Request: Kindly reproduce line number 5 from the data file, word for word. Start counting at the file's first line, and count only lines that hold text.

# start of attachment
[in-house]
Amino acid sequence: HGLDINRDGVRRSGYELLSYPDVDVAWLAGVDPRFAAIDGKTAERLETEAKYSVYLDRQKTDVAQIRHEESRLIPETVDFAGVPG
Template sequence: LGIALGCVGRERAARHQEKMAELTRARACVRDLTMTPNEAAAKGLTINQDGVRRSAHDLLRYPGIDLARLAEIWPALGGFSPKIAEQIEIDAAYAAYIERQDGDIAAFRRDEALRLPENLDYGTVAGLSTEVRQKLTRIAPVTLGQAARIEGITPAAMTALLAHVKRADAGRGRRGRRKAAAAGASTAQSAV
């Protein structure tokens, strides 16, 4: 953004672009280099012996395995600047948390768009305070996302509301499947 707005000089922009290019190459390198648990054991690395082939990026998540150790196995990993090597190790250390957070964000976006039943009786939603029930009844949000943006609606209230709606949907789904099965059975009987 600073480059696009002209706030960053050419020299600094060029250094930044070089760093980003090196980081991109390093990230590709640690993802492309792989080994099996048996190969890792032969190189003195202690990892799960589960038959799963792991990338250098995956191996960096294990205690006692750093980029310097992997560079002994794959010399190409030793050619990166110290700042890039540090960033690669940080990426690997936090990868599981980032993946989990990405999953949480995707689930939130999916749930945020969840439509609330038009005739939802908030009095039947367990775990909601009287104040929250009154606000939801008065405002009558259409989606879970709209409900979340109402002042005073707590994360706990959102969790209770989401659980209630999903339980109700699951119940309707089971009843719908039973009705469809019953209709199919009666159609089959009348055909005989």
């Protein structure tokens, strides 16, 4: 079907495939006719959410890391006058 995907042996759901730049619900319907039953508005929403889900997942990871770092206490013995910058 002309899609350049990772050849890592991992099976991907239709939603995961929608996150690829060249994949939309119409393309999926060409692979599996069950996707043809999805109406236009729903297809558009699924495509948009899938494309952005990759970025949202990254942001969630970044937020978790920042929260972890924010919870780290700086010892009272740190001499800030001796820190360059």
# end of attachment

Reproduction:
């Protein structure tokens, strides 16, 4: 079907495939006719959410890391006058 995907042996759901730049619900319907039953508005929403889900997942990871770092206490013995910058 002309899609350049990772050849890592991992099976991907239709939603995961929608996150690829060249994949939309119409393309999926060409692979599996069950996707043809999805109406236009729903297809558009699924495509948009899938494309952005990759970025949202990254942001969630970044937020978790920042929260972890924010919870780290700086010892009272740190001499800030001796820190360059």